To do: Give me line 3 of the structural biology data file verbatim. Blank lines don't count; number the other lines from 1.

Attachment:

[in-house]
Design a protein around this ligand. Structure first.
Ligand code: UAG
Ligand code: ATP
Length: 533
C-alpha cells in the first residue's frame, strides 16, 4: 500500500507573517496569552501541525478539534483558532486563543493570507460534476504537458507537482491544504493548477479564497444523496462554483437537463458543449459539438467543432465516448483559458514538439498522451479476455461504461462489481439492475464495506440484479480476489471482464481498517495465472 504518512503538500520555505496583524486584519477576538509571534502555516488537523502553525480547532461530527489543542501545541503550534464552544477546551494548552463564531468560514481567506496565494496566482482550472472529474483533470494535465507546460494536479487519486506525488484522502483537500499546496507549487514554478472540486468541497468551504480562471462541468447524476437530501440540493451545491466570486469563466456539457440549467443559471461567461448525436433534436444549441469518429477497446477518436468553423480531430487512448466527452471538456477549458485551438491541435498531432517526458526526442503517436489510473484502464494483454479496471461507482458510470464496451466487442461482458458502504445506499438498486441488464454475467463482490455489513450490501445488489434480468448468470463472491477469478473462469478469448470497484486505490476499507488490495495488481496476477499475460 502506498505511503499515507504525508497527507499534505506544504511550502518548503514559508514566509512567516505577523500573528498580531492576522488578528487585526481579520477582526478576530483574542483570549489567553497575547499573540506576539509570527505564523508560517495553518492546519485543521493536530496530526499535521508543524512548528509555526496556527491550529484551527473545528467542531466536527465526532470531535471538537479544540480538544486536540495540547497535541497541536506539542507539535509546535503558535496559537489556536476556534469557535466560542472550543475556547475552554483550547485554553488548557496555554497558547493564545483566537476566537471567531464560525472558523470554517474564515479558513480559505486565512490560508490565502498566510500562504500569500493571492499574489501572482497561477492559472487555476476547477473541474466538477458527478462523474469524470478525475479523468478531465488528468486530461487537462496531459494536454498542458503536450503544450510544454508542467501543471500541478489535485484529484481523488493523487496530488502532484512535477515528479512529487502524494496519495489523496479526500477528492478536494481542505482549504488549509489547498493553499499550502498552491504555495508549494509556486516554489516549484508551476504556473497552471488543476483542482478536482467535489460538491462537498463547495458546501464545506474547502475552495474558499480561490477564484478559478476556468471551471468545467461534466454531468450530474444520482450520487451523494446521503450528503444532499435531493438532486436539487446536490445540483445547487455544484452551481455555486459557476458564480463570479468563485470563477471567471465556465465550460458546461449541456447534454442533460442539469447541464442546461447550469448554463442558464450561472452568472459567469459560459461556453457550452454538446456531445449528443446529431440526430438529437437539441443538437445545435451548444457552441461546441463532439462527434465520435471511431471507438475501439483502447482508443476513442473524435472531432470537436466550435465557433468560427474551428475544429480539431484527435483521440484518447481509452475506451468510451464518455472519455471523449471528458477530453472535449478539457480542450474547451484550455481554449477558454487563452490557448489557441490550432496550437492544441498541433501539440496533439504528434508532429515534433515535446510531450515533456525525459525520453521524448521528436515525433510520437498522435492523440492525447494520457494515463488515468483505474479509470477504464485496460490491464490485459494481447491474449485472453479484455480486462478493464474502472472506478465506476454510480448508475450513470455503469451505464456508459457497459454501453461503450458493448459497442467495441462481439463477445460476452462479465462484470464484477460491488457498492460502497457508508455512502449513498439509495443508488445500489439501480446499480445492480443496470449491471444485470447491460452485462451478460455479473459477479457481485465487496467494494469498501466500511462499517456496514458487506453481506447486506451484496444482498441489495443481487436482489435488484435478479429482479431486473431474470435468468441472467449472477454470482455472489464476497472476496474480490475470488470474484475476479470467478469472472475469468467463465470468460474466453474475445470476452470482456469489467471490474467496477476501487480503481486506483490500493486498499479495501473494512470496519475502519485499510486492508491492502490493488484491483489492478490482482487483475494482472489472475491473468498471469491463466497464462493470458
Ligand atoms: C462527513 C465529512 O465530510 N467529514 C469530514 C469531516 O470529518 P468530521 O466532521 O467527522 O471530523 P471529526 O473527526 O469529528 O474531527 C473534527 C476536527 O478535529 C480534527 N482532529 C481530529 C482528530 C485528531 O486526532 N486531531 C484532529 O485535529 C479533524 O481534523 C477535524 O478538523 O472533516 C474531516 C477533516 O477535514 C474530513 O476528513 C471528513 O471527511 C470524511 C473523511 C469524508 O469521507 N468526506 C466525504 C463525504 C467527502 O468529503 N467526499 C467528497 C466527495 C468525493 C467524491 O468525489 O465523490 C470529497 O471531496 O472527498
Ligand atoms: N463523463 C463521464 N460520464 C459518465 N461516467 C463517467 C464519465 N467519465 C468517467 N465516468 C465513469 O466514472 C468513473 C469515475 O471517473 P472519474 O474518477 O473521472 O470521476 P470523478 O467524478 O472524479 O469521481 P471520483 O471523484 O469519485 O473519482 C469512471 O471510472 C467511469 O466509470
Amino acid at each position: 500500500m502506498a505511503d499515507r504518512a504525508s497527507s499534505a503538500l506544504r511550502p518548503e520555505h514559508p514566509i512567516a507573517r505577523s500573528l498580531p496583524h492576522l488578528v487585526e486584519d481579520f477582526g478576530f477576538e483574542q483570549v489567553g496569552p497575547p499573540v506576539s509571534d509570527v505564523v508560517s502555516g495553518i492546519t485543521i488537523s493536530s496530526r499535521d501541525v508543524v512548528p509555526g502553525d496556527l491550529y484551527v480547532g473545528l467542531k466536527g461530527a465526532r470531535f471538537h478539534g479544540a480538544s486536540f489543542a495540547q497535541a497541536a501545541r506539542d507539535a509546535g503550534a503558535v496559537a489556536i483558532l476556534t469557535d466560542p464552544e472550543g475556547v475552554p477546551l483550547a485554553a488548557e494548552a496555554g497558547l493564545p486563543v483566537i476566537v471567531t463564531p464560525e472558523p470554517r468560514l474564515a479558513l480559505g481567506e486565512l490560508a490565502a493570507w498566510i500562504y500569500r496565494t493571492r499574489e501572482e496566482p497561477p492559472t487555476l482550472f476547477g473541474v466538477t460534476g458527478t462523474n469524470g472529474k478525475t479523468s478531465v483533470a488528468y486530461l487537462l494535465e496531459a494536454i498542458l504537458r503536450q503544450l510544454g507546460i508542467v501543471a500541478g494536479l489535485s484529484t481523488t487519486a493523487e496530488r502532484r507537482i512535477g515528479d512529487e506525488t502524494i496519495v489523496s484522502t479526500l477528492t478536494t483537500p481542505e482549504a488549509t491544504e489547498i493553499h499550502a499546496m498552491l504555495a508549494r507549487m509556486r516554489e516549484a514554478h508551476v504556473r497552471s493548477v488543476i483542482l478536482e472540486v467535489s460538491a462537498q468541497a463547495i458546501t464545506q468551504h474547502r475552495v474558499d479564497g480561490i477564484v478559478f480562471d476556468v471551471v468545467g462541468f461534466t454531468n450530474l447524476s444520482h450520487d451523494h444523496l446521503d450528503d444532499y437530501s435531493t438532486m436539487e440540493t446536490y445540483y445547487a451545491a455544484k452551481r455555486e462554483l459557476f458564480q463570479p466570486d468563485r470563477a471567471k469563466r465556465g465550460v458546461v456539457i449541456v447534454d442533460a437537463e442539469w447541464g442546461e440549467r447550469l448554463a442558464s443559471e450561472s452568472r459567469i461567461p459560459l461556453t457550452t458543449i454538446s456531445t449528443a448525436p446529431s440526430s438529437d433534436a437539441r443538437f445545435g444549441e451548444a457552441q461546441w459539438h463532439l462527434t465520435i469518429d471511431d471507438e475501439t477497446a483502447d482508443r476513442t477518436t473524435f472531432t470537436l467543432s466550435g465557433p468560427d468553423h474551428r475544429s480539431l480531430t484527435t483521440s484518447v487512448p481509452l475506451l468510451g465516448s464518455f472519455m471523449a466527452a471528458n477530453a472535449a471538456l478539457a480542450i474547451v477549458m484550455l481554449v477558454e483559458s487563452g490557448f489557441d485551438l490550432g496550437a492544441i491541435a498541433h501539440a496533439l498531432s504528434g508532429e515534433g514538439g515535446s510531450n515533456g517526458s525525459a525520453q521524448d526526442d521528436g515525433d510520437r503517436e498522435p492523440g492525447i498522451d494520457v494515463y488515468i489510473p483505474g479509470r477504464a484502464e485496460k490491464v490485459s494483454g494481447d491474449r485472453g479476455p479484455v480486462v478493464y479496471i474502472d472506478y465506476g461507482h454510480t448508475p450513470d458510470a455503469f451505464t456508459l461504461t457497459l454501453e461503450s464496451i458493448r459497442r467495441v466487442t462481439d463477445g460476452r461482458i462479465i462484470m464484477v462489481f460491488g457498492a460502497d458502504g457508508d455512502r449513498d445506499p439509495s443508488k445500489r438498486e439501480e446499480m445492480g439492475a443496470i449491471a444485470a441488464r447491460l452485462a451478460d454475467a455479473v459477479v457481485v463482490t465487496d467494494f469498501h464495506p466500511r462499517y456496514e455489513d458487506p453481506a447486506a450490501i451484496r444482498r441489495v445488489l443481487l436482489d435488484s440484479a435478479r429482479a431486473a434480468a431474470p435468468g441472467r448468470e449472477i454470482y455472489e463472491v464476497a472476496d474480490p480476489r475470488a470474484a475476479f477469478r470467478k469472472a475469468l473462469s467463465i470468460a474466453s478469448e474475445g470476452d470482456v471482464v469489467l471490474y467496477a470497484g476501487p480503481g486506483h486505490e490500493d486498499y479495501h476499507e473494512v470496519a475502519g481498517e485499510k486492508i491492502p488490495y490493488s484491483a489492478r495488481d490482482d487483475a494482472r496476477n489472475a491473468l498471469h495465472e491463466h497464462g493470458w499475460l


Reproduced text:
Ligand code: UAG